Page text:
I did have a big starter for this batch - right at 3 liters. I had Beersmith account for this volume, however, so any way you slice it, I ended up over the volume - even after I decided to boil for an extra twenty minutes, as I had eyeballed the kettle as having too much wort in it. 
To top tings off, I had a nice rookie panic moment.  My OG target was 1.072, but when I pulled a gravity reading from my carboy, I was at a paltry 1.047.  I was of course sick, thinking that I had managed to get horrible efficiency.  Apparently, this all grain stuff WAS, in fact, a mystical process that I lacked the talent to make work.  Fortunately, I remembered that I had decided to not add the cane sugar for the recipe to the boil, but to instead add it to the fermenter once I got around 50% attenuation.

I pulled the sugar out of the recipe in Beersmith, and ended up with a target gravity of 1.049 for the grain only... which is actually quite close to what I got.  All was once again well with the world.


Since I did overshoot my volume, it's clear that my efficiency was higher than expected.  I'll have to dial this in to account for it in the future, or subsequent batches will come out too strong... but still, I could absolutely have worse problems.

When I got up the next morning (just about six hours after pitching the yeast), fermentation had clearly taken off - I had a nice, thick krausen. Yay for that.

In summary - the process was far from smooth.  I have several obvious areas to improve upon (planning being not the least of these).  That being said, I enjoyed the process quite a bit.  All three of my little boys insisted on coming in and out of the house with me to help out through the entire process, and my five year old stuck around to help me finish construction of my fermentation chamber.  The youngest wasn't happy to be left out of making hop additons for me, and resorted to scrounging sticks and leaves from the driveway; he was not at all convinced that I truly did not want them tossed into the pot.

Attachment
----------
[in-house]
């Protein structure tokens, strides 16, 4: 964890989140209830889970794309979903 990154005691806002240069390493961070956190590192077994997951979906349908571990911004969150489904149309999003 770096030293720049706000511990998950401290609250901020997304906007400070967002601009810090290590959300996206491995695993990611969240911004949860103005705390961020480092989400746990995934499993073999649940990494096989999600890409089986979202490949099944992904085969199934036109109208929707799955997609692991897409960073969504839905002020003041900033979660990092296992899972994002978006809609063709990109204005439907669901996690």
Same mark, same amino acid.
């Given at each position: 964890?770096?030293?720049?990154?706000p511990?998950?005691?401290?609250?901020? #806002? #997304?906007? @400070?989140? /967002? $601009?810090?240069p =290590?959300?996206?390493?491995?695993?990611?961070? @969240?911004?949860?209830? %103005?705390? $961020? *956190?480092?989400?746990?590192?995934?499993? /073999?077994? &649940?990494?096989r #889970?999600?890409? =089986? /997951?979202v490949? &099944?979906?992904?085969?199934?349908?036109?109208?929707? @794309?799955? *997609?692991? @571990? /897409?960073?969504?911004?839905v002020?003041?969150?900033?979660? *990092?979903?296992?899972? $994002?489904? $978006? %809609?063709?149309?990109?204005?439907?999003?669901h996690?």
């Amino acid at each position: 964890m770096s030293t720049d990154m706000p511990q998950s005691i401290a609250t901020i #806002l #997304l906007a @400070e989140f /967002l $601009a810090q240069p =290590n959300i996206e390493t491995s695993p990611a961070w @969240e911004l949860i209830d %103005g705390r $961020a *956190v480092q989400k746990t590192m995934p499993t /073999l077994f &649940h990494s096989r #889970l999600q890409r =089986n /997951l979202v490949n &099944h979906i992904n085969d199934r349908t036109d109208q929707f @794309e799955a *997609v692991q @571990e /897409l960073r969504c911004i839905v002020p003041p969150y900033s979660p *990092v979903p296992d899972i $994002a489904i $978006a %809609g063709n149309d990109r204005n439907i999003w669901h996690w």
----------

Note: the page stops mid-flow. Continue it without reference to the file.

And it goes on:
I felt like I "really" made beer this time around - no extract, no shortcuts, no crutches.  This is not to disparage partial mash or extract brewers; I am well aware that world class beer can be made with extract.  For me, though, I really enjoy having full control over every aspect of crafting my beer, and I have been very much looking forward to making the jump to all grain. 

Problems and all, I thoroughly enjoyed the process, and doubt that I will ever look back.



Tags for this post: all grain, brewing, duvel, Belgian, golden, strong, ale, homebrew, beer

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Ahh, I remember my first AG batch. I had way more problems. All brought on by jumping in too quickly. But I've ben at it for 3 years or so now and I love it. CHEERS and congrats on making the leap.

posted by Atomic Donkey on 1/30/2013 at 10:12:43 AM

Good luck with all grain buddy. I started brewing in denver back in 1981. Right after a try with welches grapjuicr wine! I remember my first all grain like i remember my sons birth. I waited 18 years to go back to cans, i live in hungary now and good ale malt is not here. If ya want pils,munichs,lagers and weizen we got it. But not anything else. God bless america for something! Keep with it and remember SS IS your best friend. So is a nice big cooler for the brew!

posted by kimball on 3/02/2013 at 04:47:57 AM

Sounds like you have the brew fever as's infectious. 8 hours is good timing for a first AG brew day. For hydrometer accuracy...check the hydrometer to see what temp it was meant to take readings at. If too hot or too cold...the reading won't be accurate.

Nice blog...I'll see you on homebrewtalk


posted by Russell on 5/04/2013 at 12:21:58 PM

I might have missed it, but were you BIAB or did you have a mash tun? Would love to hear more about your set up.

Nice post

posted by Max on 1/20/2014 at 09:16:28 PM